Colonial Downs usually holds grand openings for new satellite-wagering centers on a slow day of the week so newly trained employees aren't overwhelmed with large crowds.
But on Monday, Oct. 11, more than 900 customers turned out, some of which waited hours for the doors to open, for the so-called "slow opening" of a the new off-track wagering facility in Vinton, not far from Roanoke. Having to deal with a standing-room-only crowd in the afternoon didn't disappoint Colonial officials.
"We had a very good grand opening", said John Mooney, general manager of Colonial Downs and president of the Maryland/Virginia Racing Circuit. "This is obviously a desired market and there is demand for it. This provides a tremendous convenience for our patrons."
The 14,600-square-foot facility employs about 60 full- and part-time employees and is still accepting applications. Mooney had hoped the opening of the OTB parlor could take place earlier in the year, but he said he's pleased it opened prior to the Oct. 30 Breeder's Cup World Thoroughbred Championships. Vinton voters approved an off-track betting referendum in November 2003.
The Vinton facility is the sixth Colonial Downs satellite-wagering center in Virginia and the first located outside of the southeast quadrant of the state. In the past, area horseplayers in the southwestern part of the state would either make the three-hour trip to the OTB parlor in Richmond, or venture out of state to Charles Town Races & Slots in West Virginia.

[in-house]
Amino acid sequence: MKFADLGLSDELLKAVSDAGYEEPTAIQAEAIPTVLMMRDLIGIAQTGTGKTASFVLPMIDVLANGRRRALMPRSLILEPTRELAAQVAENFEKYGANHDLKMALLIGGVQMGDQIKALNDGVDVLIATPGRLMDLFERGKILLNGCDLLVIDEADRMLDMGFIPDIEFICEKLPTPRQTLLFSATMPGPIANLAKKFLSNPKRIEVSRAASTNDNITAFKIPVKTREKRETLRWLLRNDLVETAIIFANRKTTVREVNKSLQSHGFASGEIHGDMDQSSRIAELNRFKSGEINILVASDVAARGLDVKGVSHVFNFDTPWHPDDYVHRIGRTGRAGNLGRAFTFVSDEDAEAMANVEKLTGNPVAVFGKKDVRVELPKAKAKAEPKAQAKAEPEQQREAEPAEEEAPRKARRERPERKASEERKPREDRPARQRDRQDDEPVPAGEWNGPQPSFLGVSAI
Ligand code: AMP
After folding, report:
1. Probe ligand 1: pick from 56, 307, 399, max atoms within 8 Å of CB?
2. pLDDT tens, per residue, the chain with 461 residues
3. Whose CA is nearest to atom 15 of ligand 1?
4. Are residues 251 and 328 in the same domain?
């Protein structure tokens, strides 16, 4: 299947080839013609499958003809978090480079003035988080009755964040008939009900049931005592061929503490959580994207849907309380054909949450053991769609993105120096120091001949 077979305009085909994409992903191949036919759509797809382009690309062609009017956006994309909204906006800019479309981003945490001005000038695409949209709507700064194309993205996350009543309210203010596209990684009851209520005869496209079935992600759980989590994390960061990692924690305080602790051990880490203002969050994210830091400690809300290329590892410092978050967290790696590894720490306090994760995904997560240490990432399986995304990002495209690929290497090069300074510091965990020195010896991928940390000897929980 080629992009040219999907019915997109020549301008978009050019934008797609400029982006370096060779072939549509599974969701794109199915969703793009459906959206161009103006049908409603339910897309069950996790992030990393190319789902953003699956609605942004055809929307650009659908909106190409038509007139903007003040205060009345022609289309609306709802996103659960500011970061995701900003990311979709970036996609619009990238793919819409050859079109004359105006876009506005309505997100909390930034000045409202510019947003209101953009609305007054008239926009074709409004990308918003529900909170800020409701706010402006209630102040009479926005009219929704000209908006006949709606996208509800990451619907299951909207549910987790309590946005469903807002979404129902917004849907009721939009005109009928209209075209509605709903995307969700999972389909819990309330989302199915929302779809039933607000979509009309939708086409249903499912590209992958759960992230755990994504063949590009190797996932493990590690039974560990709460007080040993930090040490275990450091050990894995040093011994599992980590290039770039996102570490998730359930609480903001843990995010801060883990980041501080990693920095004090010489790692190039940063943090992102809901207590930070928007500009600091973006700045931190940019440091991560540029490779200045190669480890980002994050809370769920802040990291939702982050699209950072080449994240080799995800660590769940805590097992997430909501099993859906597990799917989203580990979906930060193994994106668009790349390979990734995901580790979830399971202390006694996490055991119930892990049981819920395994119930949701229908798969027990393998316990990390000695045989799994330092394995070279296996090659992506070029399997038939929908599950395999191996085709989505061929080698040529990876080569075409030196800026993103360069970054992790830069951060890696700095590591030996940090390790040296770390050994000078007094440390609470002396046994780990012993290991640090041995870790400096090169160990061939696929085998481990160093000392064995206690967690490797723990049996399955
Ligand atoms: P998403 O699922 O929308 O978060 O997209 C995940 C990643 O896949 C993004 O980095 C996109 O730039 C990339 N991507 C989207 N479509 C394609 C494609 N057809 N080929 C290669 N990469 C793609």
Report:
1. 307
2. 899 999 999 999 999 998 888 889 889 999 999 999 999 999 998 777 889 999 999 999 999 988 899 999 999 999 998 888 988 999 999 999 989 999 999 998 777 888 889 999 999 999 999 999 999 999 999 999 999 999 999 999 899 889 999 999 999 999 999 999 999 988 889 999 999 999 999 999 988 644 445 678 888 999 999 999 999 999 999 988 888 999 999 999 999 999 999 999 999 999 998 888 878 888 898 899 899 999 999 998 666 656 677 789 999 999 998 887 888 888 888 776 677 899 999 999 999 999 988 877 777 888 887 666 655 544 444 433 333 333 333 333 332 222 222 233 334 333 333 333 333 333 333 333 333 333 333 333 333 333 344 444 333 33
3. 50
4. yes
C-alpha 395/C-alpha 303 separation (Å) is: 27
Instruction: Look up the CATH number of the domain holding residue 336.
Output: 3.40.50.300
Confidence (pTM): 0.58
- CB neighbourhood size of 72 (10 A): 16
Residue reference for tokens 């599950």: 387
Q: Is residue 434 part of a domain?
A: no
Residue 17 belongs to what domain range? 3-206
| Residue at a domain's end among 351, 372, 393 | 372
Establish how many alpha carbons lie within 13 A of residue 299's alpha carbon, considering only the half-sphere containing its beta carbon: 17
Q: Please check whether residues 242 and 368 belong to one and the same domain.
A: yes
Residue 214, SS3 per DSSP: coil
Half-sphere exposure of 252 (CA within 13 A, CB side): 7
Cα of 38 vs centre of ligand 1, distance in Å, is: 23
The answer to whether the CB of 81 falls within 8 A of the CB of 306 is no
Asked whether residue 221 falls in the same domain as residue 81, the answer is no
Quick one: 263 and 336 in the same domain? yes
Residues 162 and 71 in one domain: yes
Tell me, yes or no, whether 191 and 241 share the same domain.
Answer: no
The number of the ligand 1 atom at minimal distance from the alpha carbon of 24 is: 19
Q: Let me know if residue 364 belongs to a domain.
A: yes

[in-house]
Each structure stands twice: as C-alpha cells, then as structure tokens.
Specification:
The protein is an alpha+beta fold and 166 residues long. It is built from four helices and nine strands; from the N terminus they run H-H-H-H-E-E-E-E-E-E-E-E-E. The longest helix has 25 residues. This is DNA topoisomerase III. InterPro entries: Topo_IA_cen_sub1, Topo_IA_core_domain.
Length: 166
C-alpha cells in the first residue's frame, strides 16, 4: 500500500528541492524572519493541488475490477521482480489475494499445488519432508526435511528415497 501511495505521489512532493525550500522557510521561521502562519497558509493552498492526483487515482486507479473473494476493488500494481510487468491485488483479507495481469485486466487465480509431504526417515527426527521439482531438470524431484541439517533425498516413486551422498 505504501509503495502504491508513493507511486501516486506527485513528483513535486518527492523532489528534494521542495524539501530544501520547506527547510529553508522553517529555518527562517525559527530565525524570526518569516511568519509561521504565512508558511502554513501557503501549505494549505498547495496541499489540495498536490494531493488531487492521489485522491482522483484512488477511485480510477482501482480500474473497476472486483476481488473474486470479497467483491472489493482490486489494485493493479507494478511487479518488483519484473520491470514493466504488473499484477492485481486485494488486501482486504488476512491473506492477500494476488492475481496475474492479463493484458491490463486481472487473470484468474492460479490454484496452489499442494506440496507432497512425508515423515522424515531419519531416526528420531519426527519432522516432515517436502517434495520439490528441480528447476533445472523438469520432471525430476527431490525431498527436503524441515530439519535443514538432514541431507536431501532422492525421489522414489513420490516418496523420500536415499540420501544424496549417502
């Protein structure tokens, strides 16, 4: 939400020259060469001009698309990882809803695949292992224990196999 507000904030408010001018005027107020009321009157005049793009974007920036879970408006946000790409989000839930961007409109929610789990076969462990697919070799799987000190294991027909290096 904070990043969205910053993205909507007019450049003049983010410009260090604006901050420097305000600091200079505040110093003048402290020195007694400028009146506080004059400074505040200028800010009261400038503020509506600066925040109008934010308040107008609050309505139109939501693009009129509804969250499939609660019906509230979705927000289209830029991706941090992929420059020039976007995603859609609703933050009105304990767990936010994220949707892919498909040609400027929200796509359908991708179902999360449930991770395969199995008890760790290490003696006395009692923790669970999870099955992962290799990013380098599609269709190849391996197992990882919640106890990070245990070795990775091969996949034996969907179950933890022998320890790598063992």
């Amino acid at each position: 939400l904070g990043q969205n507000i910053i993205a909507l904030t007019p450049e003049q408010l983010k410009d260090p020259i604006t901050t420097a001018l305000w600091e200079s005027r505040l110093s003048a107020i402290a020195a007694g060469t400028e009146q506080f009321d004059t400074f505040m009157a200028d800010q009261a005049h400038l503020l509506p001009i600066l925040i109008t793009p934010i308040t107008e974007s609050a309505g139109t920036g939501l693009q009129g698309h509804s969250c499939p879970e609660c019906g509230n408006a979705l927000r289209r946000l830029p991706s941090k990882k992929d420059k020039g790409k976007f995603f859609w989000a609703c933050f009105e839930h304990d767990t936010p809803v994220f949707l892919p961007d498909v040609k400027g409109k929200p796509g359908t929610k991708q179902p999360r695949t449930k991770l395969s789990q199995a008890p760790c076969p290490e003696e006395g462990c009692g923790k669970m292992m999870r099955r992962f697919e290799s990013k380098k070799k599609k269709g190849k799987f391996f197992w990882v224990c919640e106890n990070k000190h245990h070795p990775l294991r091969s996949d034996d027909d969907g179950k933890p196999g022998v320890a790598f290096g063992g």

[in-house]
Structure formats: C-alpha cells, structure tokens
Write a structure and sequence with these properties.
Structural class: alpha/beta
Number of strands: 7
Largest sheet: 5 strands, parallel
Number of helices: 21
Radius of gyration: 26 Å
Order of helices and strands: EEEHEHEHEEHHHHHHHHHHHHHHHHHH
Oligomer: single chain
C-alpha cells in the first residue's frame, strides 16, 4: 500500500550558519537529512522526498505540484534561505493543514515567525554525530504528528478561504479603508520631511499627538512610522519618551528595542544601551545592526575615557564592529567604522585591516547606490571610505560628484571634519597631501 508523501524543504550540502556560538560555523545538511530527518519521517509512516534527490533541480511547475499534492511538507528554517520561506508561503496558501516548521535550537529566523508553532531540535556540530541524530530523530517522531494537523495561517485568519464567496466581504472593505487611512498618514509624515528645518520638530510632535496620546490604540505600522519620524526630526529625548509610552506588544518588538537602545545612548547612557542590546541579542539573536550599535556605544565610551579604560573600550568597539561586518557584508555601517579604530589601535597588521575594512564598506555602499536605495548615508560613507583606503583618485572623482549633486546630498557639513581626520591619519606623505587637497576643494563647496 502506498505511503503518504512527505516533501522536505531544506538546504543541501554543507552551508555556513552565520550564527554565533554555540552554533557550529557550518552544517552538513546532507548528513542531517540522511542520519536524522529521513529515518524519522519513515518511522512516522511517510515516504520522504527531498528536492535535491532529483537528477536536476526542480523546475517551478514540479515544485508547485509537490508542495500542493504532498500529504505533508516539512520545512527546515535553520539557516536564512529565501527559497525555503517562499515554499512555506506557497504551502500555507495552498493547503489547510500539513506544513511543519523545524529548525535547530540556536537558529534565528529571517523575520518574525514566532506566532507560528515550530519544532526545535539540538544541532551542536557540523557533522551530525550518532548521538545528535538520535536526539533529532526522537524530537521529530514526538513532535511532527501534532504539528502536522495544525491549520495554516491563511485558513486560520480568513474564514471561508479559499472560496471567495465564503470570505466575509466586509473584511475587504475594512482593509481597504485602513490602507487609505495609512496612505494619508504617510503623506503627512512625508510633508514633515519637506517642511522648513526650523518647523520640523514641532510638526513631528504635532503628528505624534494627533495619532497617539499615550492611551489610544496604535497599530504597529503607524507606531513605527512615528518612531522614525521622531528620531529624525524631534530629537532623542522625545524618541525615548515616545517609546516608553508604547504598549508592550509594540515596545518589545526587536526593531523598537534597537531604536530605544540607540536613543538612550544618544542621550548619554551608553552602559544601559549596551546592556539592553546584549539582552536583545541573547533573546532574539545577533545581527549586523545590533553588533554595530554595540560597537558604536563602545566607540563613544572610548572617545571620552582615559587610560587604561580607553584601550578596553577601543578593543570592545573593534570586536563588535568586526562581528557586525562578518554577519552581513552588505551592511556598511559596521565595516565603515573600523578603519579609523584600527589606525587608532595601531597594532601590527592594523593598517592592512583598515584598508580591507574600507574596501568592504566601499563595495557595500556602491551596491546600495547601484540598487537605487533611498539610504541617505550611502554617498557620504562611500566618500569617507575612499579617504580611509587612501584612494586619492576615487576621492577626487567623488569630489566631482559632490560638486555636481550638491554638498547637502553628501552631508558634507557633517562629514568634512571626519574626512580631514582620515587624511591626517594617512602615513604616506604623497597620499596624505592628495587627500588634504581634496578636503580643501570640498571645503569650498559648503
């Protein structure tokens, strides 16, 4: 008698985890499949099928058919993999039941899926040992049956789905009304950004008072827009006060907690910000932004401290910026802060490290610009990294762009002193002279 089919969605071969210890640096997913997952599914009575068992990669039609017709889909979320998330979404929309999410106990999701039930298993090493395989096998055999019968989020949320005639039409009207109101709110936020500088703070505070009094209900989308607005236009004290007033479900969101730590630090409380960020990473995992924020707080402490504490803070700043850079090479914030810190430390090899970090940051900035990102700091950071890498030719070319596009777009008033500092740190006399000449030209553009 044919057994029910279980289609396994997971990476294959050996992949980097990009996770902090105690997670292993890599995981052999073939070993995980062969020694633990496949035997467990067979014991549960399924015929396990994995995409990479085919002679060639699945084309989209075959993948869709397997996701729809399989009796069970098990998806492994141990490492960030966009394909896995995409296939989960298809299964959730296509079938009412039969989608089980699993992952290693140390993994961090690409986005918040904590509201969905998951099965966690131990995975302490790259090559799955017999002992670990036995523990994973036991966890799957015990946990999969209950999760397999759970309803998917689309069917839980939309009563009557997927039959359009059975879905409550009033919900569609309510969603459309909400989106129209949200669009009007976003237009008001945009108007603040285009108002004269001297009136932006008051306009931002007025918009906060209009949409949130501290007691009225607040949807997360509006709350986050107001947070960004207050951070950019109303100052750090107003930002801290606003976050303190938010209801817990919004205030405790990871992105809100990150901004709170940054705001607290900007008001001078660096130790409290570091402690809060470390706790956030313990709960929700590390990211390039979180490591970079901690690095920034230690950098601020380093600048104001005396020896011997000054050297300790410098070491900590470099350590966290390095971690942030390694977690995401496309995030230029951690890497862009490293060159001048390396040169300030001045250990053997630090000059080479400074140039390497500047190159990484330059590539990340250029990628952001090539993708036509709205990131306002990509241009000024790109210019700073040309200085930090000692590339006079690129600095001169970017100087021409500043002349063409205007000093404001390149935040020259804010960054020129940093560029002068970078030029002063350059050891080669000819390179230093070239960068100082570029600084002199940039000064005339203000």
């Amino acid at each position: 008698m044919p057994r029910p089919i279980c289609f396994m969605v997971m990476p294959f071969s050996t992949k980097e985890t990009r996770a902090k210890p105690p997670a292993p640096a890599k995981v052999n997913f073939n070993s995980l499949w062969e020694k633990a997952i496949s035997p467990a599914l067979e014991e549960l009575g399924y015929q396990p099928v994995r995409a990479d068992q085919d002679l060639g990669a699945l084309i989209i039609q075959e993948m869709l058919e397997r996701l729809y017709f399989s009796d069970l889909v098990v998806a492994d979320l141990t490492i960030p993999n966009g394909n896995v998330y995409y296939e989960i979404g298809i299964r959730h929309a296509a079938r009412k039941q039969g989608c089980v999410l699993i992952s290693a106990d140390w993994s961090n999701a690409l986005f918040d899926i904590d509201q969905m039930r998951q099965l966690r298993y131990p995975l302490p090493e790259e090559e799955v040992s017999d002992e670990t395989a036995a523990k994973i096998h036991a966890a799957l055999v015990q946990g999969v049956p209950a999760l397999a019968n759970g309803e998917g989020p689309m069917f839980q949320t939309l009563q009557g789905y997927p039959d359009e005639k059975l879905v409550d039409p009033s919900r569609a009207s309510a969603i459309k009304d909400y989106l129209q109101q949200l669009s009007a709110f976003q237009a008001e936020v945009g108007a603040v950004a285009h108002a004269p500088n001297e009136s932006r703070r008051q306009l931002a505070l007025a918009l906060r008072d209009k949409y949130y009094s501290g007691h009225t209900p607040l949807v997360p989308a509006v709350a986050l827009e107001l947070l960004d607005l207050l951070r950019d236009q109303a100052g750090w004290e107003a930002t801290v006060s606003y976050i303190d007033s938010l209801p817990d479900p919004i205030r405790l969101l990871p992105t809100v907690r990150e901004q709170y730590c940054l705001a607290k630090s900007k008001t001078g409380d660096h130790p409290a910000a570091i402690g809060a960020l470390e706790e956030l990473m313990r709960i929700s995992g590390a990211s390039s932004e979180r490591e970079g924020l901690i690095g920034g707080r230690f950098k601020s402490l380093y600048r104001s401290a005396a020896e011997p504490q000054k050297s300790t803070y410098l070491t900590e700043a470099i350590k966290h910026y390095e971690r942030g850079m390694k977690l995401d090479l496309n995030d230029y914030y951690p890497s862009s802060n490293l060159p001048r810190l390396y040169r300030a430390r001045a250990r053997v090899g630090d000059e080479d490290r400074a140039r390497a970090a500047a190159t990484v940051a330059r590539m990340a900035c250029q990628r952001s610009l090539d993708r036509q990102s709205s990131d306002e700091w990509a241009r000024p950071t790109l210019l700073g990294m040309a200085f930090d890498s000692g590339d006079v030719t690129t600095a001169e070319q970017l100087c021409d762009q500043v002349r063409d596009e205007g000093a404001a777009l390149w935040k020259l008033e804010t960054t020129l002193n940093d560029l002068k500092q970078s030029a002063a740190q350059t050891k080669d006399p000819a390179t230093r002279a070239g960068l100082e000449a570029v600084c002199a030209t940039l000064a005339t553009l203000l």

"It will help keep dollars in the state of Virginia to grow purses," Mooney said. "It will certainly help in that regard."
Mooney may be hoping the opening of other facilities becomes routine. Questions are on the November ballots in five Virginia communities: Scott County (near Bristol), Greene County (near Charlottesville), Henry County (Martinsville), Westmoreland County (Northern Neck), and Manassas Park (Northern Virginia).
Those localities are also outside the southeastern quadrant of Virginia. The Vinton opening allows interested parties in Scott County and Henry County a nearby example of what their facility may look like should their voters approve a referendum.
"I think those who have a desire to go visit will certainly find an impressive facility that is doing well right off the bat," Mooney said.
"We've had a nice, steady crowd," said Diane Eisel, site manager at Vinton. "People have been coming in, checking it out, and coming back with friends. It has been busy. We have patrons we can already call regulars."
Many of the patrons were disappointed to find out they couldn't watch and wager on Belmont Park races. The New York Racing Association and the MidAtlantic Cooperative, which includes Colonial, are in the midst of a dispute.
"It's definitely having a negative effect," Mooney said. "People prefer the Belmont signal to tracks of lesser quality. Belmont has the best racing in the fall."